President’s Corner

When Good Isn’t Good Enough

by John R. Lawrence, president, AASA

On most, if not all days, I am asked the question, "Read any good books lately?" It is something often asked of educators. I rather like the question. It takes my mind away from the more pressing concerns confronting our nation and profession.


The problem is that like many of you, I don't seem to find the time to do nearly as much professional reading as I want. Moreover, when I do find the time to read, it always falls at the end of a long day and after a few pages … well, you know the sleepy conclusion.

I am a long way from being a book reviewer, but if you asked me today about the last good book I've read I have a ready answer. The book is Good to Great by Jim Collins, a consultant in corporate learning. Given to me by a friend, the book sports a bright red jacket, but more striking are the lessons of its content and the messages within for school system leaders.

Good to Great is actually written from a corporate perspective. In fact I doubt the author meant for the tenets of his work to be applied in our nation's public schools. There are exactly 300 pages in Good to Great, but the writer captured my interest in the opening six-word sentence. It stated simply, "Good is the enemy of great." The rest of that page and the following 299 delivered compelling case studies depicting distinctive leader styles credited with elevating good private-sector companies to the microscopic list of truly great ones.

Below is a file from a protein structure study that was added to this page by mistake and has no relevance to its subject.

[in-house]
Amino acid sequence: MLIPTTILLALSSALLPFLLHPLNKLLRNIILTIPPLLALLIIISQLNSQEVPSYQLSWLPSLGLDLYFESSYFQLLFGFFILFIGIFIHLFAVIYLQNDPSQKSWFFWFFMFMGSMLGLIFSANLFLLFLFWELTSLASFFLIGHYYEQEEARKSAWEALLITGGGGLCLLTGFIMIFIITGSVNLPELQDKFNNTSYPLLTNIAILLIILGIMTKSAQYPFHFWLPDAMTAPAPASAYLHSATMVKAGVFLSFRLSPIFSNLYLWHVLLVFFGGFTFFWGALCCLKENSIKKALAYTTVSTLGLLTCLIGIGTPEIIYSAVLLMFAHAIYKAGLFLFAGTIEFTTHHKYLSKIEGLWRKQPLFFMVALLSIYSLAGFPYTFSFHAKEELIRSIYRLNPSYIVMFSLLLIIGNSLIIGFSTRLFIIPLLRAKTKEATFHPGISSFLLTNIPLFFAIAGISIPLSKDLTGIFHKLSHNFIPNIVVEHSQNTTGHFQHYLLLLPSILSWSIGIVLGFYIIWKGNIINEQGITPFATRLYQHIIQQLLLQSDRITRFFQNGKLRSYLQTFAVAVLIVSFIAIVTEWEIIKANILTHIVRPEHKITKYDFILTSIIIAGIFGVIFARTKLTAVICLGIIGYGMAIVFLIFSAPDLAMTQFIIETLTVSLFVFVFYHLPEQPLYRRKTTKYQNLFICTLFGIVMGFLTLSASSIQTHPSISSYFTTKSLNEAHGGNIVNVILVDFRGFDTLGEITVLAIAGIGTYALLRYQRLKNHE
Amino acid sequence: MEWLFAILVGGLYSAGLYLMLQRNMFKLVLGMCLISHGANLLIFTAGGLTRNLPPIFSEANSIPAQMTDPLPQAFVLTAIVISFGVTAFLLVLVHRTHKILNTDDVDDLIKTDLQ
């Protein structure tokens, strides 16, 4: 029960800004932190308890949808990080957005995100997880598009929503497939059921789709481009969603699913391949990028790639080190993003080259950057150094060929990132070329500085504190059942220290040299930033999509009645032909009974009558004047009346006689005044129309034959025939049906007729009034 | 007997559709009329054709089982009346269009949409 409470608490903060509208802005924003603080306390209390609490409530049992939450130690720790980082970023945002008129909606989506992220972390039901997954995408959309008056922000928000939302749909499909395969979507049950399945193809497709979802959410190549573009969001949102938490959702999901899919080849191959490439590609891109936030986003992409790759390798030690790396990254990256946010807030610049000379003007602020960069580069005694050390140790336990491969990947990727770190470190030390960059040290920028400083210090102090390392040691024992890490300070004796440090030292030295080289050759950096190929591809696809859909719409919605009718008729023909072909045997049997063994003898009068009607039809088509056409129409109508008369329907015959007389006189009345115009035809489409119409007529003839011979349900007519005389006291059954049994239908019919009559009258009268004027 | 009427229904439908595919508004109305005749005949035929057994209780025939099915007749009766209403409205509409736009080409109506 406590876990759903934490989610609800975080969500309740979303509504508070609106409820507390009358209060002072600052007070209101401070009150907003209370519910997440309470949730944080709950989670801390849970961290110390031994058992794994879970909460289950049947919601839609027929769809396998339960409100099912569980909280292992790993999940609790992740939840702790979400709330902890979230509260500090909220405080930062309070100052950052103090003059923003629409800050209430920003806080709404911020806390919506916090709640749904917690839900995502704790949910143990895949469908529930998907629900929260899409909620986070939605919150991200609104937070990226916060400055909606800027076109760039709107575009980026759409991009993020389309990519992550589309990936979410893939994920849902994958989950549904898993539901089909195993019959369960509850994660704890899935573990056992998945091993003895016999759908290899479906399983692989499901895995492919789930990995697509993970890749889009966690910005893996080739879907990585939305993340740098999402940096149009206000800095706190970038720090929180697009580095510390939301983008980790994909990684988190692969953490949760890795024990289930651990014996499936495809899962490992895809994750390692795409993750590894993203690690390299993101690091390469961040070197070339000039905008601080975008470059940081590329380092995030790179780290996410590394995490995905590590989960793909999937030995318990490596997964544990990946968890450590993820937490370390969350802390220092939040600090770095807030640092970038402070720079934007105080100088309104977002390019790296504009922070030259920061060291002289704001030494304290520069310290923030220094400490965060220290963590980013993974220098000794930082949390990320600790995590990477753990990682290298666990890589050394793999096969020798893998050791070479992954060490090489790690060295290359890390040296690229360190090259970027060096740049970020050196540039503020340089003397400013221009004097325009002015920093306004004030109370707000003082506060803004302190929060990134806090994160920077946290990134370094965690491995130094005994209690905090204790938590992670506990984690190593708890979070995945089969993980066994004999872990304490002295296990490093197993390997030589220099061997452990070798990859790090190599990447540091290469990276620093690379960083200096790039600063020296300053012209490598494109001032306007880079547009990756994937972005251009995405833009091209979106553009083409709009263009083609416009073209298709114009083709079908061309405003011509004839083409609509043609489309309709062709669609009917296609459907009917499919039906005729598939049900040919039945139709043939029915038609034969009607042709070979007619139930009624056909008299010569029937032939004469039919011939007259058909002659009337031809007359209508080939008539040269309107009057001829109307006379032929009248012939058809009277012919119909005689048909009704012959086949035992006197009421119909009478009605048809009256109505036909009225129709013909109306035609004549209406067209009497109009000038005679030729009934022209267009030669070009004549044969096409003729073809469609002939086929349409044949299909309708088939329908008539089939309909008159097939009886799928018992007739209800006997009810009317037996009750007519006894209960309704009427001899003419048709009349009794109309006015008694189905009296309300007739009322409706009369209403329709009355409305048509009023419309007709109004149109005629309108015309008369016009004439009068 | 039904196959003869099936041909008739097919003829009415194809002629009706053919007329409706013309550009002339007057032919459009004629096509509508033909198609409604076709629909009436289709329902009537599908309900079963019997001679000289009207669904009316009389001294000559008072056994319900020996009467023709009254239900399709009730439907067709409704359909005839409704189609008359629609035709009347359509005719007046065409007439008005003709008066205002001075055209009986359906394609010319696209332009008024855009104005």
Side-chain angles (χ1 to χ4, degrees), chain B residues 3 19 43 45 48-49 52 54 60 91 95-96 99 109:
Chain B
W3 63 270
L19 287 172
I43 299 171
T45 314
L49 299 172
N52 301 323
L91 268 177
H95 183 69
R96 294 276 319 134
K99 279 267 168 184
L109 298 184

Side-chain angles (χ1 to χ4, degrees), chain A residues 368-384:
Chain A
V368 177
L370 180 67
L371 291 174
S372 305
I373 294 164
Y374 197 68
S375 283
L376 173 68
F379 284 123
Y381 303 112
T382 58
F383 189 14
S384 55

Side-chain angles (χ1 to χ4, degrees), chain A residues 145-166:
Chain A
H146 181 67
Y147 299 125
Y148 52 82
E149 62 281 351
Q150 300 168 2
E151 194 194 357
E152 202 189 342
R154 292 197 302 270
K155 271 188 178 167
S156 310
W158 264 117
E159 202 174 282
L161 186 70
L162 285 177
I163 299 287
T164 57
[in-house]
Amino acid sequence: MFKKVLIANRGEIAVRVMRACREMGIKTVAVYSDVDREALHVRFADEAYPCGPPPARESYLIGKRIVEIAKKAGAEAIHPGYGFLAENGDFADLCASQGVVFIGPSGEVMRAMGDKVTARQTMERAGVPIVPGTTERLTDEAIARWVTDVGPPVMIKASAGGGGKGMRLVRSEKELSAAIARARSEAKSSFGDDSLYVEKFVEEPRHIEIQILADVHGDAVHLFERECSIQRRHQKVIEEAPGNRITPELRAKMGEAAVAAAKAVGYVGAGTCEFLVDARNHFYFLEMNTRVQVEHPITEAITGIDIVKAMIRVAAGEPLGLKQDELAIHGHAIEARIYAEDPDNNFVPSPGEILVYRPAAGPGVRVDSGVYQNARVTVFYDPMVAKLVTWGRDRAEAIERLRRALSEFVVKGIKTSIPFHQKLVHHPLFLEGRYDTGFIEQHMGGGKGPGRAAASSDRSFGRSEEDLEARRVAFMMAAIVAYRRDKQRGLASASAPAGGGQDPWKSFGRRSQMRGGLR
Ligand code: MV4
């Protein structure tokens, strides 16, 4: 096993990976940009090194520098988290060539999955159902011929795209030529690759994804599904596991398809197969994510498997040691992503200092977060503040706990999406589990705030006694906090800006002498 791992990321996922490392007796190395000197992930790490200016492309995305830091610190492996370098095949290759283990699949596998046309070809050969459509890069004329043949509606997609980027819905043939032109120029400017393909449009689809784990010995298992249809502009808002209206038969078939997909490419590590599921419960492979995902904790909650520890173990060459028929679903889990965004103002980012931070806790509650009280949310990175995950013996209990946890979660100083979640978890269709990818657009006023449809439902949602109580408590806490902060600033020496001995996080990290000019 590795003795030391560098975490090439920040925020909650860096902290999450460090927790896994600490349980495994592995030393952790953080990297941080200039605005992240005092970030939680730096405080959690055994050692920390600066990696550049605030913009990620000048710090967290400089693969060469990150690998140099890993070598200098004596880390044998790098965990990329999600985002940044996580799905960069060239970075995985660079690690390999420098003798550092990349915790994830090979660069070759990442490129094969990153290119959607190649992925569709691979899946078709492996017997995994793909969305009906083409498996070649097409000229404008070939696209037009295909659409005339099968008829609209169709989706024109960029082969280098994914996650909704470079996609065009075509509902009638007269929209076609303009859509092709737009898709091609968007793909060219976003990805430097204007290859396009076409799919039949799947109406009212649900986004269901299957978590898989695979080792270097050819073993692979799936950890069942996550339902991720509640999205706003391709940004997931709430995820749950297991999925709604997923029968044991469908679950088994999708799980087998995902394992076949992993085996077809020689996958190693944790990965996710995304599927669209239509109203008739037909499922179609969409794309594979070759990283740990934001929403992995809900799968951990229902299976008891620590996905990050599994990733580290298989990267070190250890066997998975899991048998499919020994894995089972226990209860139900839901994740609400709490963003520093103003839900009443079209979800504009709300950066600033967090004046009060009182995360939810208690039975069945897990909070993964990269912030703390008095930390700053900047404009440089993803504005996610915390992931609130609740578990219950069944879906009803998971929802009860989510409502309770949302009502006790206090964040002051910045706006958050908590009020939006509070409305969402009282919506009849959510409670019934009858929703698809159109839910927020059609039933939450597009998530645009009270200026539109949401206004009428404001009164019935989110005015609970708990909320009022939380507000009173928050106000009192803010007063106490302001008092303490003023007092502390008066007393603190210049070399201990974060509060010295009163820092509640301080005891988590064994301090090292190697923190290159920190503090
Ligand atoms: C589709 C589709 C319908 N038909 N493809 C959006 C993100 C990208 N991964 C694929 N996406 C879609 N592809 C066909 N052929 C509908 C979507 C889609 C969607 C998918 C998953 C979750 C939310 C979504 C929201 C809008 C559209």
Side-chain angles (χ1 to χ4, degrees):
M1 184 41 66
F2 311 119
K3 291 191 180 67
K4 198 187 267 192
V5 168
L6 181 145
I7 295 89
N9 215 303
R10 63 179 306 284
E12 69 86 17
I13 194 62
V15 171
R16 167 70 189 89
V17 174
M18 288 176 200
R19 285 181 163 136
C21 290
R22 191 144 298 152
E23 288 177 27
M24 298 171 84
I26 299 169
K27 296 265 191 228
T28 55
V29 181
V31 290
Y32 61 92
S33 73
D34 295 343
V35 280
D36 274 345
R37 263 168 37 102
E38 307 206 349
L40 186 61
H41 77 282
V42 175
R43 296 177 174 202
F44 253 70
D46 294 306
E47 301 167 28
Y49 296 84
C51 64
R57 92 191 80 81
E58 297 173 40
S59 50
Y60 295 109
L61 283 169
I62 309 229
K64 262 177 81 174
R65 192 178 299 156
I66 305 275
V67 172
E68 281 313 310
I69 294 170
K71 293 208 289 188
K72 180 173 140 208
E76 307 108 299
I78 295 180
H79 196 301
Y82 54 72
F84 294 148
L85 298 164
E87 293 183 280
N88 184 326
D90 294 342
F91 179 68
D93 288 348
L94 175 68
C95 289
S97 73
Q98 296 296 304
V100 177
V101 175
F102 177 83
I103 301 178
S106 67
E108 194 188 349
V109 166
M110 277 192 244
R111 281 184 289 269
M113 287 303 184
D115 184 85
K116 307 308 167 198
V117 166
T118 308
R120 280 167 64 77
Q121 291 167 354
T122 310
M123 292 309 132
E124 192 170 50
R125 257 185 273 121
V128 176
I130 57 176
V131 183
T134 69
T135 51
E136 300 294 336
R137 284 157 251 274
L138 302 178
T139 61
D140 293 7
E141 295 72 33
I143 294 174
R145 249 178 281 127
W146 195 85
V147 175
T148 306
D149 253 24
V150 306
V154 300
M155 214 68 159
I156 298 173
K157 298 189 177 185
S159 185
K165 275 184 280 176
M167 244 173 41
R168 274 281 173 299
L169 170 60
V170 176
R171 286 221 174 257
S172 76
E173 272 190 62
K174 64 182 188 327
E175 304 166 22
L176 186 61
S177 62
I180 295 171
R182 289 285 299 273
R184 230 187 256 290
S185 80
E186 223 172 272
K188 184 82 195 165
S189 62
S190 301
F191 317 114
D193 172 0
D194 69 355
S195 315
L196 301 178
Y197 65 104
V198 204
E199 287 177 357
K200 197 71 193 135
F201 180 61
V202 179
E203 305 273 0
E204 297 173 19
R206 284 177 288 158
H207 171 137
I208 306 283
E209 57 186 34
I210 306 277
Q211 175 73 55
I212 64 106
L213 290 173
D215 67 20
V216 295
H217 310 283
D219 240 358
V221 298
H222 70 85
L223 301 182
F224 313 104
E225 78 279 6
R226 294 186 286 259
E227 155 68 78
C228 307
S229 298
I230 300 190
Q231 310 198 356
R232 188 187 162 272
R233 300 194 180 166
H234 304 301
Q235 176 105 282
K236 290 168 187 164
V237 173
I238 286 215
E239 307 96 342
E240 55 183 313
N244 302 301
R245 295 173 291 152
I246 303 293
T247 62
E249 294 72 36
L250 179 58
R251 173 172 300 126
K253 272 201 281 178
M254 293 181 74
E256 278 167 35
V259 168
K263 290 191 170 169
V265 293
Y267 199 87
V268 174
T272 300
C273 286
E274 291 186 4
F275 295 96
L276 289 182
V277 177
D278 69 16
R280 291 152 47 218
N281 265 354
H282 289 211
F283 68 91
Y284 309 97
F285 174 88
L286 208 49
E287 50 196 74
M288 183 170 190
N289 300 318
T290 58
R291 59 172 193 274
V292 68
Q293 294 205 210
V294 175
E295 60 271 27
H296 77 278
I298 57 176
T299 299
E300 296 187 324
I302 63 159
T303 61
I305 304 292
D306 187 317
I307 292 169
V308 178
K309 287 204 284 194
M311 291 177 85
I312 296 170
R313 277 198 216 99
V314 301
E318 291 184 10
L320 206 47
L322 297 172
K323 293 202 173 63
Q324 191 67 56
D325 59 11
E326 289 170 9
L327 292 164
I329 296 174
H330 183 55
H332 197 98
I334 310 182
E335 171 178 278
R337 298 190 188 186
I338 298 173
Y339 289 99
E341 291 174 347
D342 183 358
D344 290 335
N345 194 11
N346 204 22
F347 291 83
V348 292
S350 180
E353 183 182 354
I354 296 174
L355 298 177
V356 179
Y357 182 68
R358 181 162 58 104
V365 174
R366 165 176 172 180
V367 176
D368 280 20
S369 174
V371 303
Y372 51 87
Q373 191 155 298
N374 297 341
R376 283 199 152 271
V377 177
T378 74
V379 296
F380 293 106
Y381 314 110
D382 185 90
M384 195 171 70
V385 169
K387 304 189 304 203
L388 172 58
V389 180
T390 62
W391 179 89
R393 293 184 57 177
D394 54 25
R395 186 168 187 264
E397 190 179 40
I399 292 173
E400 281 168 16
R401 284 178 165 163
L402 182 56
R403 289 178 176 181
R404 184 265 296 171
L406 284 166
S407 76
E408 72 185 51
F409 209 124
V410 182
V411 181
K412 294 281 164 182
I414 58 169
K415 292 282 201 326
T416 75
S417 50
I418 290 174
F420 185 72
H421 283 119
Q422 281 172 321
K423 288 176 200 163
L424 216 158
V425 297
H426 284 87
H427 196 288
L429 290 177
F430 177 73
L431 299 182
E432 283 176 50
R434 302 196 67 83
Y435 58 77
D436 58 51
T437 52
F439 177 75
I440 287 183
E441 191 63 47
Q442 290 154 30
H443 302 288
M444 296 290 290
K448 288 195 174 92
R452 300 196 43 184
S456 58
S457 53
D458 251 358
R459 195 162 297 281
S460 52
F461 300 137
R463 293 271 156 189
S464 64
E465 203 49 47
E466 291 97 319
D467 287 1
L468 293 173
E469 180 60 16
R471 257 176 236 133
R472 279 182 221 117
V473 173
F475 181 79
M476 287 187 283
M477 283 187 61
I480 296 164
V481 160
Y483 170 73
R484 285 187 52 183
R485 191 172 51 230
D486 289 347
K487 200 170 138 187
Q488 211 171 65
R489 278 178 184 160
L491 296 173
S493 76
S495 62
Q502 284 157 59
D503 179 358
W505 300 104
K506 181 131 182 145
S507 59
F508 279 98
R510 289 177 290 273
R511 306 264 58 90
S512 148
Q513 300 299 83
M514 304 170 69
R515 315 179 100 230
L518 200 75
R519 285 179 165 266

In America thousands of consummate educators tirelessly work to create great schools. They know that good is the enemy of great because they live the mantra every day. They are caring paraprofessionals, passionate teachers and visionary administrators. These exemplary professionals could write a best seller on what constitutes great schools, but they don't have the time. They are too busy helping children.

However, if time would allow us to ask our nation's best educators to share the bullet points of their wisdom, the items below might reflect at least some of their thinking on the differences between good schools and great ones. They might tell us that:

* Conscientious educators who view public education as a noble career staff good schools. Conscientious educators who view their engagement in public education as a calling staff great schools.

* Good schools make good decisions for children by thinking of each one as our school’s child. Great schools make great decisions for children by thinking of each one as our own child.

* People who work with children to the full extent of their hands and their heads characterize good schools. People who work with children to the full extent of their hands, their heads, their hearts and their souls characterize great schools.

Clearly the current landscape of public education makes the transformation of schools from good to great more formidable than ever before. States across the nation are reducing public school funding. The No Child Left Behind Act represents a demanding federal presence, and poverty still grips many schools in America. To ignore the extent to which these additional challenges retard the pursuit of great schools would be Polyannish. However, to meet today's external mandates will take most of what we have. To soar beyond them will take even more.

The quest to create great schools always will rest on the moral consciousness of great educators. At least now we know the enemy—and it is good.

John Lawrence is president of AASA.